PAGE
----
Martin Bean, Vice-Chancellor, The Open University
The Open University and Birkbeck’s joint submission to the Independent Review of Higher Education Funding and Student Finance highlights the undervalued contribution of part-time students to the economy and to serious funding problems that the sector faces in the future. The Review, led by Lord Browne, is currently examining the introduction of the Higher Education Act 2004 and its impact on universities and students.
The joint submission to the review argues that the legislation has created a two-tier system in which full-time undergraduates receive tuition fee loans and generous grants but part-time students do not, despite making up 39% of the undergraduate population. Some institutions are able to charge higher fees and generate greater income from full-time students resulting in clear incentives to grow full-time programmes and subsequently run down part-time courses.
Martin Bean, Vice-Chancellor of The Open University said: “The disparity in funding between part-time and full-time students runs counter to three key national policy objectives: creating flexibility in higher education, raising skill levels and widening participation. Our submission highlights these issues.”
“The part-time sector makes a valuable economic contribution to UK Plc, particularly through re-skilling. Quality is something we will never compromise on, but without changes to the current funding system the range and number of professionals we are able to help train and re-skill will have to reduce drastically.”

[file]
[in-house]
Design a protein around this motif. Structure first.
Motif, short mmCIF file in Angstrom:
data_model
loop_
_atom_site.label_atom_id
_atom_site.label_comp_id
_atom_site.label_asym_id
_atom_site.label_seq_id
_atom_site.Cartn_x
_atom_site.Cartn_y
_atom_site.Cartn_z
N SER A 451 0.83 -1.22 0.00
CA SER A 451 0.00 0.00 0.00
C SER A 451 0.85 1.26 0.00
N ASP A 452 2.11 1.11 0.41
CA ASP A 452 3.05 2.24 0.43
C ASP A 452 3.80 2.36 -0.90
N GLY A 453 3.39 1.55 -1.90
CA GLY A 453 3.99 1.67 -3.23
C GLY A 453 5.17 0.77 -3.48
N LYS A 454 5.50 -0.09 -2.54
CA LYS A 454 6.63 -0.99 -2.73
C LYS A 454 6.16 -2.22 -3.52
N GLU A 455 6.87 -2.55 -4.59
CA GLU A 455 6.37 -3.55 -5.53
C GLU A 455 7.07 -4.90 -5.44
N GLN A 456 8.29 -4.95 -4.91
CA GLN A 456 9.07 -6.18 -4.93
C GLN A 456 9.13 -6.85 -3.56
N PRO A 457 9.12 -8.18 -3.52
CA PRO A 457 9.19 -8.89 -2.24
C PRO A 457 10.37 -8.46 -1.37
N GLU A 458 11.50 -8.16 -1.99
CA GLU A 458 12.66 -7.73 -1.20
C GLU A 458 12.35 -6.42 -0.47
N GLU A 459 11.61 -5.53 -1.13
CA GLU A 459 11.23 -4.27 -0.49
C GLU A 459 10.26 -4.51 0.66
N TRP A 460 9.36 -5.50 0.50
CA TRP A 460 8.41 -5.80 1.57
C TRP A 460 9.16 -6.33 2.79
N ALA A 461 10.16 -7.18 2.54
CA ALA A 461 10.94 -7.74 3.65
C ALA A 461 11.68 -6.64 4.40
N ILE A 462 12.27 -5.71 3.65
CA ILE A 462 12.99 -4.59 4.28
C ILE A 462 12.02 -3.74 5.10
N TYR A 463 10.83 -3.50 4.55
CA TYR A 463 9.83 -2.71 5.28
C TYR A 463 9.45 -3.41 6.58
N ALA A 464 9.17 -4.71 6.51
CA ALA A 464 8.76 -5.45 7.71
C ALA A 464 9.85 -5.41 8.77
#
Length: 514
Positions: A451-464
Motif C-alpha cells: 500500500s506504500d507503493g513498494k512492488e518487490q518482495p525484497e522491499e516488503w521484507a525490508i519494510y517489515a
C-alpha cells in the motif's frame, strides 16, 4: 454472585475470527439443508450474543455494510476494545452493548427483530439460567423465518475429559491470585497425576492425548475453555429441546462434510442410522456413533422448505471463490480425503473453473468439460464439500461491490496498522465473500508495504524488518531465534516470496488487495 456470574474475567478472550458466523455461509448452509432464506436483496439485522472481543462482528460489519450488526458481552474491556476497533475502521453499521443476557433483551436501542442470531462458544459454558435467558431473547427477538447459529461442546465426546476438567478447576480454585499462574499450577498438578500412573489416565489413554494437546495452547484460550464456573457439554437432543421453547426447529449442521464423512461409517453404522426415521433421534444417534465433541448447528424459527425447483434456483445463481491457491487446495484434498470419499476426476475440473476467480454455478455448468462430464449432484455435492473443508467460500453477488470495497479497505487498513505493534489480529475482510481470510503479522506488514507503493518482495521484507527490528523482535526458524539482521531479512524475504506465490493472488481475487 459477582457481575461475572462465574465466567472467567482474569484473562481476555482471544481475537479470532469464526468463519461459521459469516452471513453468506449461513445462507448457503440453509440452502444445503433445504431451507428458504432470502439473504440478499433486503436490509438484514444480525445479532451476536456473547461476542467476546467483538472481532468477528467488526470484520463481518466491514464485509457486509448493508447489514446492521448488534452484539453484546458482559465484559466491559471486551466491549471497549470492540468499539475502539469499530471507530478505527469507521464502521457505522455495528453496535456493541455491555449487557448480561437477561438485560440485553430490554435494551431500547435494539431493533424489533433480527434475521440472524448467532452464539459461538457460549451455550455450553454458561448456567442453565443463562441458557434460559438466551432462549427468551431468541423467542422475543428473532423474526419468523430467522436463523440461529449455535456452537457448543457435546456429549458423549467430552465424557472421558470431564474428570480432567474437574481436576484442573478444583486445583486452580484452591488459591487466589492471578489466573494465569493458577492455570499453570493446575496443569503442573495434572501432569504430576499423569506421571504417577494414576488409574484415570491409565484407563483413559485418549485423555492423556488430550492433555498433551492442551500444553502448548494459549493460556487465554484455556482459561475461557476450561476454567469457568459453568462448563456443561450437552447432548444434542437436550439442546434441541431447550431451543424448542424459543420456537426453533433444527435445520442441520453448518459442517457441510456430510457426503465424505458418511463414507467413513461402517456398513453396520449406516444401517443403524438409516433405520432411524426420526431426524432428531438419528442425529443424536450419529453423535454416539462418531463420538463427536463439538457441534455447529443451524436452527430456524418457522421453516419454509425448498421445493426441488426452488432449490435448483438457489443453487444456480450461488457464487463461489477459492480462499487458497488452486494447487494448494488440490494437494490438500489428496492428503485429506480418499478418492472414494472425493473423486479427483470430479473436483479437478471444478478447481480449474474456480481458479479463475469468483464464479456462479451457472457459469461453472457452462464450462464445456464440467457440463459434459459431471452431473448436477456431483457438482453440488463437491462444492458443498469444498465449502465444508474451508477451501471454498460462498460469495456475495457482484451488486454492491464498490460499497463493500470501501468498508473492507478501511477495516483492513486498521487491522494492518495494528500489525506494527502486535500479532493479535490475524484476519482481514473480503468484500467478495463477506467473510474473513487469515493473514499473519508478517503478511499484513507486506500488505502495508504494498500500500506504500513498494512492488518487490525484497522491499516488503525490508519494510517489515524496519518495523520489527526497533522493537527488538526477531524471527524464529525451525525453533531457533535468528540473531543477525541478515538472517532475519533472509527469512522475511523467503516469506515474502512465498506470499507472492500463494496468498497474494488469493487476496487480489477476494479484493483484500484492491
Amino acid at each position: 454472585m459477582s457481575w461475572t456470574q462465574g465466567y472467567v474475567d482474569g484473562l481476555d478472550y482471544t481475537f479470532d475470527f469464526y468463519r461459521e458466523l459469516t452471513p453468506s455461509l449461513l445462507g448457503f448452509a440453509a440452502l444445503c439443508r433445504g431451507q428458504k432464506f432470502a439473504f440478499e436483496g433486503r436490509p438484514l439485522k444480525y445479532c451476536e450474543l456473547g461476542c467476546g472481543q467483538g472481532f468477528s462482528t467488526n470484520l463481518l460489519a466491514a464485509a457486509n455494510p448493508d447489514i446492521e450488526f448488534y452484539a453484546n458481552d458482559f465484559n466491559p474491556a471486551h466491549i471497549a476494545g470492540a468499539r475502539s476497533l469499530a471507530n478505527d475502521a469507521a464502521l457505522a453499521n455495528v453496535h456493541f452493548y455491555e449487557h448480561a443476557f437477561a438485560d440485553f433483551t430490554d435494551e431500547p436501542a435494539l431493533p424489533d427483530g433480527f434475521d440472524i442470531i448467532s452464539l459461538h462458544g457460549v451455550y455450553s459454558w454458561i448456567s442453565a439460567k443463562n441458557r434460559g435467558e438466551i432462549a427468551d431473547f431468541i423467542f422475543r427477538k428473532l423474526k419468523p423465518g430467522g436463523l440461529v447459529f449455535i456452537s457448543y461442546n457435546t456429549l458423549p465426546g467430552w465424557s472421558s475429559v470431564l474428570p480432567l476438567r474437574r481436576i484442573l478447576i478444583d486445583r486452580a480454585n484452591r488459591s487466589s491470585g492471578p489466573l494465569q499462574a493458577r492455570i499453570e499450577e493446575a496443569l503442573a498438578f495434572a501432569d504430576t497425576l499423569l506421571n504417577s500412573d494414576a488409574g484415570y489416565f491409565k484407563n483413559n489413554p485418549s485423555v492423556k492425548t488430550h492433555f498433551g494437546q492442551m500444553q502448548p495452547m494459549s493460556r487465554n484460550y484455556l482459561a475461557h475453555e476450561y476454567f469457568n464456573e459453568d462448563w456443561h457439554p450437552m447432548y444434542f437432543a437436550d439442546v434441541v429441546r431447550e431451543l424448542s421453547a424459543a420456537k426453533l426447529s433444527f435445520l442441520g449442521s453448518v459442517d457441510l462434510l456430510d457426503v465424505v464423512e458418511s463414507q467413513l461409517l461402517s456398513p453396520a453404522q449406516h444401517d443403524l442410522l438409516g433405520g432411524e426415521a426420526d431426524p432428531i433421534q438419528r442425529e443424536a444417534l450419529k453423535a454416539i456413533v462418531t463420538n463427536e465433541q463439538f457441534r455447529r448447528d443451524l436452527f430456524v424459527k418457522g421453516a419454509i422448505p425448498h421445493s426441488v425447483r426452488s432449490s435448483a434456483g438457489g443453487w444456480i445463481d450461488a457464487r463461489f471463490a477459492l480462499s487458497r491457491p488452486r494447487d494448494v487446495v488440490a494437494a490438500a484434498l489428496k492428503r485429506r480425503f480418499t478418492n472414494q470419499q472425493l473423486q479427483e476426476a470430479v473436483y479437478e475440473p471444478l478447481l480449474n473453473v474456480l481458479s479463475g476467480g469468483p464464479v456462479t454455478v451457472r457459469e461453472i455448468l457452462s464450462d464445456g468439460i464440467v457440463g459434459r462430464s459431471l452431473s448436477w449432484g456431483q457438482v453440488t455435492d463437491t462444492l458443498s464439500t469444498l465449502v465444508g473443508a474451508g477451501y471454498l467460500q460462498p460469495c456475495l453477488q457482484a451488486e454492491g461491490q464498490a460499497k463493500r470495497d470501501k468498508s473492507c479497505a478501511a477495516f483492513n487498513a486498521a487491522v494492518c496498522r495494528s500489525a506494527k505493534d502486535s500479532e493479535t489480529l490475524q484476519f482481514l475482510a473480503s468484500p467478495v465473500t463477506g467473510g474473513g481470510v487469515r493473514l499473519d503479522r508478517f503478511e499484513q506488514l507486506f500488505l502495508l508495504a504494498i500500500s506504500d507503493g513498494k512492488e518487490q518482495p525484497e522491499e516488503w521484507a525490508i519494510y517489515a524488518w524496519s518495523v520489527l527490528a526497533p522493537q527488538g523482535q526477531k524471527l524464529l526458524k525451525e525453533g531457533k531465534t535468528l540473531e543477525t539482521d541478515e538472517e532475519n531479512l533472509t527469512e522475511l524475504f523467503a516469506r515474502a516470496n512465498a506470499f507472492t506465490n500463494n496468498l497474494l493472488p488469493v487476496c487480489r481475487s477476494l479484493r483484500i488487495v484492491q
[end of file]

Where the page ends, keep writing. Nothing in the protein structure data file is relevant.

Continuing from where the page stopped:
In their submission, both institutions argue that it is not just part-time students that require additional financial support but also the universities which are facing significant funding shortfalls in the near future.
Martin Bean will appear in front of the Review Panel this Friday, 29 January, to explain how the changes introduced as a result of the 2004 Act have affected the Open University and the part time sector in general.
The Independent Review of Higher Education Funding and Student Finance was launched on 9 November 2009. The Panel is tasked with making recommendations to Government on the future of fees policy and financial support for full and part-time undergraduate and postgraduate students.